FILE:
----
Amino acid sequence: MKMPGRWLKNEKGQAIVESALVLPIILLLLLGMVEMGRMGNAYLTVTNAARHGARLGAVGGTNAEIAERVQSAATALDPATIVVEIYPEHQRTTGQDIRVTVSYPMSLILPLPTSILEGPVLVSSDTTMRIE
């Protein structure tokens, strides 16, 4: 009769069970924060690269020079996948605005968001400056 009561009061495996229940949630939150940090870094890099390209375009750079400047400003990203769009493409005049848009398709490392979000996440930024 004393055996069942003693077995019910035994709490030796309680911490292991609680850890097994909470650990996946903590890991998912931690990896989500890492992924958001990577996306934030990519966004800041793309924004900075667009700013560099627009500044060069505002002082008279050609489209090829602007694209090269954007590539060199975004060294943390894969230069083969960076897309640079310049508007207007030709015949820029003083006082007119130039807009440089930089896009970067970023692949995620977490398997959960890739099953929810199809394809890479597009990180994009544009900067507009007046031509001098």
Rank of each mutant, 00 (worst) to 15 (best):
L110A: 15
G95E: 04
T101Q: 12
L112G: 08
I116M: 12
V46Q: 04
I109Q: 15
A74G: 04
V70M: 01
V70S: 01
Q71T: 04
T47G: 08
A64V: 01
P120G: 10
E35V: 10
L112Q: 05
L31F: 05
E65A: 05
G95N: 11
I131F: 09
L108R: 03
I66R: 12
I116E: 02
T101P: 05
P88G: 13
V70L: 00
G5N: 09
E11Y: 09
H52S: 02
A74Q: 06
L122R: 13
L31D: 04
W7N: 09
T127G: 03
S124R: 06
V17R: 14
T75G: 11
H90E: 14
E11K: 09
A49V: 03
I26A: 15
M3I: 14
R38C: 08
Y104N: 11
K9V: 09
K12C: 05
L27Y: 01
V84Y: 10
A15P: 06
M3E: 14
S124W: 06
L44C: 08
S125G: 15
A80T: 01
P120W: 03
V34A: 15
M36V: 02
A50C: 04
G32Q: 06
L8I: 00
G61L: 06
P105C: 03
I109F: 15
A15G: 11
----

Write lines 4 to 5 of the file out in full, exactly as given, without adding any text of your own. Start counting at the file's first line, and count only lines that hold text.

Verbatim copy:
L110A: 15
G95E: 04